HARVARD UKRAINIAN RESEARCH INSTITUTE
Cover: The Ottoman Survey Register of Podolia (ca. 1681) in HARDCOVER

Studies in Ottoman Documents Pertaining to Ukraine and the Black Sea Countries 3

The Ottoman Survey Register of Podolia (ca. 1681)

Defter-i Mufassal-i Eyalet-i Kamaniçe

Add to Cart

Product Details

HARDCOVER

$75.00 • £60.95 • €67.50

ISBN 9780916458782

Publication Date: 10/25/2004

Short

1072 pages

8-1/2 x 11 inches

341 halftone facsimilies, 7 maps, 10 tables

Harvard Ukrainian Research Institute > Studies in Ottoman Documents Pertaining to Ukraine and the Black Sea Countries

World

Ottoman survey registers are recognized as unparalleled sources on the demographic, economic, and linguistic characteristics of the regions for which they were made. The register for Kamaniçe (the region of Podolia and the city of Kam’janec’, which the Ottomans conquered in 1672) is the only surviving survey register of Ukrainian lands. The full text of the defter is given in transcription in the first part, with a facsimile edition given in the second part. All narrative documents are translated in appendices, while narrative segments of the registry portion of the defter are translated in the notes. Commentary includes extensive notes and an introduction. The Ottoman Survey Register of Podolia provides important new information on the Ottomans and their subjects living in Ukrainian territory. Interpretive maps keyed to the register and indices and glossaries are included.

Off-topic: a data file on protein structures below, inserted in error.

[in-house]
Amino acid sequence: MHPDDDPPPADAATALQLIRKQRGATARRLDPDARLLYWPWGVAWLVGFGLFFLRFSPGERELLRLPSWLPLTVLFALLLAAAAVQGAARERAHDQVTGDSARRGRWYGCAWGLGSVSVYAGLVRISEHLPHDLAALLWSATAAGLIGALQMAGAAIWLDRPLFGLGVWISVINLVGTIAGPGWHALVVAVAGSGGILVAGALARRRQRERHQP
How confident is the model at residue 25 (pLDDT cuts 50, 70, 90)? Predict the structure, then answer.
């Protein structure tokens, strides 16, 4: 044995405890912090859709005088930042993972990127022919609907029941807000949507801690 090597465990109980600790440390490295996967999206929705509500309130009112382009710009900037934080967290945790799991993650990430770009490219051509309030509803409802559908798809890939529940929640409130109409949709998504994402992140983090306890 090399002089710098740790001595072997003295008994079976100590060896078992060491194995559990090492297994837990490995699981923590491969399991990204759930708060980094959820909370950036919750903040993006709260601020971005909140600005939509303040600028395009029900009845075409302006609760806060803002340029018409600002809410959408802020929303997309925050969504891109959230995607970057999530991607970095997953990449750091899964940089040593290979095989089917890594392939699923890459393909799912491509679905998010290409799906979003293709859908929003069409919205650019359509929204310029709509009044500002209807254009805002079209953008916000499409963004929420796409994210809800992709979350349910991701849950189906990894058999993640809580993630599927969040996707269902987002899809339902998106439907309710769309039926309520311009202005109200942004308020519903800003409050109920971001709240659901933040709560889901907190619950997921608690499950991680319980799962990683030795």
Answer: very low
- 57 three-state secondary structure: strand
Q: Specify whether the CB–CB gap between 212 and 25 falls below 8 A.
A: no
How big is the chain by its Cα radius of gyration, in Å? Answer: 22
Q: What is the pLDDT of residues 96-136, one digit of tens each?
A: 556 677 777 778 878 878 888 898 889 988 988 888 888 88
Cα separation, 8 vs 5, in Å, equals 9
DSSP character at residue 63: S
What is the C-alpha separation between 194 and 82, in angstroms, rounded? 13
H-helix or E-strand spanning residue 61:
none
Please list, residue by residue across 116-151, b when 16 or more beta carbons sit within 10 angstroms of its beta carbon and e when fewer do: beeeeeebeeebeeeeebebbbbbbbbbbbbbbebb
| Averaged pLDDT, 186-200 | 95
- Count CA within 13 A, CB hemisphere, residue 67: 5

From Our Blog

Jacket: Awakening: How Gays and Lesbians Brought Marriage Equality to America, by Nathaniel Frank, from Harvard University Press

Celebrating Pride Month

To celebrate Pride Month, we are highlighting excerpts from books that explore the lives and experiences of the LGBT+ community. Nathaniel Frank’s Awakening: How Gays and Lesbians Brought Marriage Equality to America tells the dramatic story of the struggle for same-sex couples to legally marry, something that is now taken for granted. Below, he describes the beginnings of the gay rights movement. For homophiles of the 1950s, identifying as gay was almost always a risky and radical act